The current playoff season has proven to be one of the most exciting and talked about seasons in recent NFL history. One quarterback, however, was at the center of it all. This time, it wasn’t the glorified Tom Brady or Eli Manning getting all the news coverage. Instead, it was Tim Tebow, the Denver Broncos backup quarterback who led his team to an 8-8 season and 2 playoff games after taking the number one spot from Kyle Orton five weeks into a losing season.
I’ll admit, I was one of those individuals who got on the Tebow bandwagon. Throughout the rest of the season, I rooted for him to win (except when playing the Bills), used the word “Tebowing” as a verb, and was thrilled to see him defy the odds and beat the Steelers on the first play of overtime. Fans rallied around Tebow as he went on to win 5 straight games, despite the fact that he often failed to make big plays until the fourth quarter and had the lowest completion rate in the NFL.
So what was it about this quarterback whose spirals often failed to spiral that made him such a celebrity?
After giving this some thought I realized the cause of Tebowmania. Tim Tebow’s positioning in the football market was unlike many star quarterbacks, and marketers took advantage of it.
Tebow wasn’t a football player with a jail record. He was never accused of a crime and didn’t have an arrogant attitude. He was a player that was upfront in his belief in Christianity, was heard singing religious hymns while warming up, and spread motivating words to his teammates when plays didn’t go as planned. Finally, the “good guy” was winning and fans wanted to believe in him.
The positioning of Tebow as the good, religious, comeback quarterback proved successful. According to Ad Age, Tebow’s win over the Steelers was the highest rated first round NFL playoff game in 24 years, his name was mentioned in 9,420 tweets per second on Twitter, setting a peak record after the game, and his marketing income is expected to increase from $3 million to $5 million in the next year. The name “Tebow” became a household phenomenon as politicians such as Rick Perry and Michele Bachmann made reference to him, skits were aired on SNL, and ESPN spent countless hours discussing the quarterback.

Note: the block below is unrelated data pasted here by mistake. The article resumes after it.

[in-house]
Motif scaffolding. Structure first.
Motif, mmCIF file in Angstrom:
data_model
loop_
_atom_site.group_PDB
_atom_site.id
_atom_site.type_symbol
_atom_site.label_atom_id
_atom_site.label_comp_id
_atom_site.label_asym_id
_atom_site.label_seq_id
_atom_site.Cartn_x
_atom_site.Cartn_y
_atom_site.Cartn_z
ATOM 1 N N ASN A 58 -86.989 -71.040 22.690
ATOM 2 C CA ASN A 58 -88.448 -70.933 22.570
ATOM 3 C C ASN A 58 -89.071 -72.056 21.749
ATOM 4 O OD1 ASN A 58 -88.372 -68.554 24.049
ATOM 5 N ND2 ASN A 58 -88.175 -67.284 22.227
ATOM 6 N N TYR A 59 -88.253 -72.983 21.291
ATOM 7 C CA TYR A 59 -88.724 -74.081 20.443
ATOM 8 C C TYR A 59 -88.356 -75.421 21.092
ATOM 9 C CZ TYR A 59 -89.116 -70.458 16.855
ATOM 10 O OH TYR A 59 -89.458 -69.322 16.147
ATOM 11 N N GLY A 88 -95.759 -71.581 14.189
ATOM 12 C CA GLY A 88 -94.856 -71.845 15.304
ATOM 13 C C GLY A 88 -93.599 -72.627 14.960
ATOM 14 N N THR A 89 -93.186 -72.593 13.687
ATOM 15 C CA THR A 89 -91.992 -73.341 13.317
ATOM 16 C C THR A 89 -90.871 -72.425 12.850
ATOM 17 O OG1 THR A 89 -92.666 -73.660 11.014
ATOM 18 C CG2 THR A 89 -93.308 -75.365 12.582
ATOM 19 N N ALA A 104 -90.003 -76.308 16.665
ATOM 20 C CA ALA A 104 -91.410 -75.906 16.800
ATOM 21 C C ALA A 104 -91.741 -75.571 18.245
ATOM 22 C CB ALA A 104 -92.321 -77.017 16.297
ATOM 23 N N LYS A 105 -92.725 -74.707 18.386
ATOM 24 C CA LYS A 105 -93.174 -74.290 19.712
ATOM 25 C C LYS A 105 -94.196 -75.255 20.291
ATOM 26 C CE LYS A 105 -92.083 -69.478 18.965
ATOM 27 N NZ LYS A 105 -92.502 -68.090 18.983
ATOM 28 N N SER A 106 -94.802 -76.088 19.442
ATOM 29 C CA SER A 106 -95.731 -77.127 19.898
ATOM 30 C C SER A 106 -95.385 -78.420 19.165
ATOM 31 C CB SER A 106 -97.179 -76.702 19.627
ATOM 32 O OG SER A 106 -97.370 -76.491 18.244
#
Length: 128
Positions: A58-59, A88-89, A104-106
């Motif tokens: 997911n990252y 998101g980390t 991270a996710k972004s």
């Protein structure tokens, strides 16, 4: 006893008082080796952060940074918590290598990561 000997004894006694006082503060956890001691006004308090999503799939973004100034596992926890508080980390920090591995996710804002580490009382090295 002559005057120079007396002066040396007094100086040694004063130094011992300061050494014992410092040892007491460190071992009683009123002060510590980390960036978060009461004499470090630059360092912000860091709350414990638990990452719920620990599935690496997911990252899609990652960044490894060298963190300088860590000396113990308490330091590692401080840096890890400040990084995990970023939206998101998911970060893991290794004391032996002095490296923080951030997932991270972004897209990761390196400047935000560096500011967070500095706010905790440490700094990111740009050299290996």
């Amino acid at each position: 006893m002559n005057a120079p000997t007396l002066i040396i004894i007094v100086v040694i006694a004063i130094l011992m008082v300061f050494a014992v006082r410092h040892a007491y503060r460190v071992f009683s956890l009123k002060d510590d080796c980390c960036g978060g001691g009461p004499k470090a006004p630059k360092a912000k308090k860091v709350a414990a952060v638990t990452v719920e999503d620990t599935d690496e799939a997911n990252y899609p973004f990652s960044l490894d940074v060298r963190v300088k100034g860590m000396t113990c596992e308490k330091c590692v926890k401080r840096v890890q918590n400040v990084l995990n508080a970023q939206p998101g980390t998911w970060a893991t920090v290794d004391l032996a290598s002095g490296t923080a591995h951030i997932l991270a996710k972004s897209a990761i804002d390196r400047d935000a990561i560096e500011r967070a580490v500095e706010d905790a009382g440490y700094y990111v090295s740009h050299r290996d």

After the defeat of the Steelers, it was reported that Tebow threw for 316 yards and averaged 31.6 yards per completion. Both numbers paralleled Tebow’s favorite scripture John 3:16 and prompted even greater coverage on the already famous quarterback. According to Time, the top three Google Trends on the Monday following the game were “John 3:16,” “Tebow,” and “Tim Tebow,” which further proved his popularity in the football market. Most recently, Tebow was approached by CBS to commentate on the AFC Championship game which, if he agrees, will continue to keep him in the spotlight even after being eliminated from the playoffs.
Even now that Tebow’s road to the Superbowl has been cut short, the debate over whether or not he can be considered a “great” NFL quarterback will most likely continue. Maybe he was a one season wonder or maybe he will continue to shine into next season. However, regardless of how people feel about his football playing abilities, one thing stands true. The marketing of Tim Tebow was undoubtedly successful. The coverage he received and the popularity he gained was unlike any other player this season. From his ESPN presence to his social media presence, Tim Tebow was known to fans way beyond Mile High Stadium.
Allison Sirica is an intern in the Account Service department. She is a senior at SUNY Geneseo, majoring in Communication with a minor in Business Studies, and will graduate in May 2012.